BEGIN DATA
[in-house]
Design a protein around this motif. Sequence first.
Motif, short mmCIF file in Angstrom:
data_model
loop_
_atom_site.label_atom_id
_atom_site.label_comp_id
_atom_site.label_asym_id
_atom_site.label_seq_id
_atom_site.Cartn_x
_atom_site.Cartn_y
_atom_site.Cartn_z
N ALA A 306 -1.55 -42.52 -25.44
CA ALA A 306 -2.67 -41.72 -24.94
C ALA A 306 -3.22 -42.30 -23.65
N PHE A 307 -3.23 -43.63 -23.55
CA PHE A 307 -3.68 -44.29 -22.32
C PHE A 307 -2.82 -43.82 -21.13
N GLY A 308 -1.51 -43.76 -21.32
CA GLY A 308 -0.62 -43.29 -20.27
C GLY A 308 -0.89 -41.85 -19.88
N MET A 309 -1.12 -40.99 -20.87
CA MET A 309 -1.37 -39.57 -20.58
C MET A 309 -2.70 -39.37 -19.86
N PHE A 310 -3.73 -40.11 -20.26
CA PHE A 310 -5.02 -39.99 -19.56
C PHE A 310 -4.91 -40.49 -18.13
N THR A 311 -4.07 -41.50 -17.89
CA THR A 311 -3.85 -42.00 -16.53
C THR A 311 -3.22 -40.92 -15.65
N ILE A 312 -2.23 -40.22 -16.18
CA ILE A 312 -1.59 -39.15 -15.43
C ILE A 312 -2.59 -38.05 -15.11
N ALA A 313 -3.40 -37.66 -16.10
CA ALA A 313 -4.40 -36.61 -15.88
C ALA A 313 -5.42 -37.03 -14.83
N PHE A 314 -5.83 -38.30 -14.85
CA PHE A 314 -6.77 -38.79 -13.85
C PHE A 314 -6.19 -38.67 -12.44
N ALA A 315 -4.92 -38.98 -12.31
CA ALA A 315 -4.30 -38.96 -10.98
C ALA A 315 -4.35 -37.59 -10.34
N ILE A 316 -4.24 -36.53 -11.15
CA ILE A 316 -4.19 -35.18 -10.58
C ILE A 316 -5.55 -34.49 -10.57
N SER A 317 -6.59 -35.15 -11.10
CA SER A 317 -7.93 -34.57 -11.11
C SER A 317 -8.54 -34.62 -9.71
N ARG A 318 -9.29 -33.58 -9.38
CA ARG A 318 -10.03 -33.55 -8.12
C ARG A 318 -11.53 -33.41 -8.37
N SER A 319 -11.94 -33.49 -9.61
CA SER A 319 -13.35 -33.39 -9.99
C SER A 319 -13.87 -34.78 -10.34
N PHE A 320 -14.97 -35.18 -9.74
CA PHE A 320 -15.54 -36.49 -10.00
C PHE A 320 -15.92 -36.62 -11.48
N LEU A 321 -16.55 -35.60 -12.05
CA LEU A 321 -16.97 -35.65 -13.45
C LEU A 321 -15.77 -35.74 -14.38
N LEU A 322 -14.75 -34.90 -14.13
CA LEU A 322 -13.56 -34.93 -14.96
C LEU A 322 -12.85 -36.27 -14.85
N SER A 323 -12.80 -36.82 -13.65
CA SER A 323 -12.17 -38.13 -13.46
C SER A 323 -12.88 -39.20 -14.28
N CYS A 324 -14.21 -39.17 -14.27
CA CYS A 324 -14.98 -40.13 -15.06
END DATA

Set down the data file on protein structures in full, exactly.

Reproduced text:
[in-house]
Design a protein around this motif. Sequence first.
Motif, short mmCIF file in Angstrom:
data_model
loop_
_atom_site.label_atom_id
_atom_site.label_comp_id
_atom_site.label_asym_id
_atom_site.label_seq_id
_atom_site.Cartn_x
_atom_site.Cartn_y
_atom_site.Cartn_z
N ALA A 306 -1.55 -42.52 -25.44
CA ALA A 306 -2.67 -41.72 -24.94
C ALA A 306 -3.22 -42.30 -23.65
N PHE A 307 -3.23 -43.63 -23.55
CA PHE A 307 -3.68 -44.29 -22.32
C PHE A 307 -2.82 -43.82 -21.13
N GLY A 308 -1.51 -43.76 -21.32
CA GLY A 308 -0.62 -43.29 -20.27
C GLY A 308 -0.89 -41.85 -19.88
N MET A 309 -1.12 -40.99 -20.87
CA MET A 309 -1.37 -39.57 -20.58
C MET A 309 -2.70 -39.37 -19.86
N PHE A 310 -3.73 -40.11 -20.26
CA PHE A 310 -5.02 -39.99 -19.56
C PHE A 310 -4.91 -40.49 -18.13
N THR A 311 -4.07 -41.50 -17.89
CA THR A 311 -3.85 -42.00 -16.53
C THR A 311 -3.22 -40.92 -15.65
N ILE A 312 -2.23 -40.22 -16.18
CA ILE A 312 -1.59 -39.15 -15.43
C ILE A 312 -2.59 -38.05 -15.11
N ALA A 313 -3.40 -37.66 -16.10
CA ALA A 313 -4.40 -36.61 -15.88
C ALA A 313 -5.42 -37.03 -14.83
N PHE A 314 -5.83 -38.30 -14.85
CA PHE A 314 -6.77 -38.79 -13.85
C PHE A 314 -6.19 -38.67 -12.44
N ALA A 315 -4.92 -38.98 -12.31
CA ALA A 315 -4.30 -38.96 -10.98
C ALA A 315 -4.35 -37.59 -10.34
N ILE A 316 -4.24 -36.53 -11.15
CA ILE A 316 -4.19 -35.18 -10.58
C ILE A 316 -5.55 -34.49 -10.57
N SER A 317 -6.59 -35.15 -11.10
CA SER A 317 -7.93 -34.57 -11.11
C SER A 317 -8.54 -34.62 -9.71
N ARG A 318 -9.29 -33.58 -9.38
CA ARG A 318 -10.03 -33.55 -8.12
C ARG A 318 -11.53 -33.41 -8.37
N SER A 319 -11.94 -33.49 -9.61
CA SER A 319 -13.35 -33.39 -9.99
C SER A 319 -13.87 -34.78 -10.34
N PHE A 320 -14.97 -35.18 -9.74
CA PHE A 320 -15.54 -36.49 -10.00
C PHE A 320 -15.92 -36.62 -11.48
N LEU A 321 -16.55 -35.60 -12.05
CA LEU A 321 -16.97 -35.65 -13.45
C LEU A 321 -15.77 -35.74 -14.38
N LEU A 322 -14.75 -34.90 -14.13
CA LEU A 322 -13.56 -34.93 -14.96
C LEU A 322 -12.85 -36.27 -14.85
N SER A 323 -12.80 -36.82 -13.65
CA SER A 323 -12.17 -38.13 -13.46
C SER A 323 -12.88 -39.20 -14.28
N CYS A 324 -14.21 -39.17 -14.27
CA CYS A 324 -14.98 -40.13 -15.06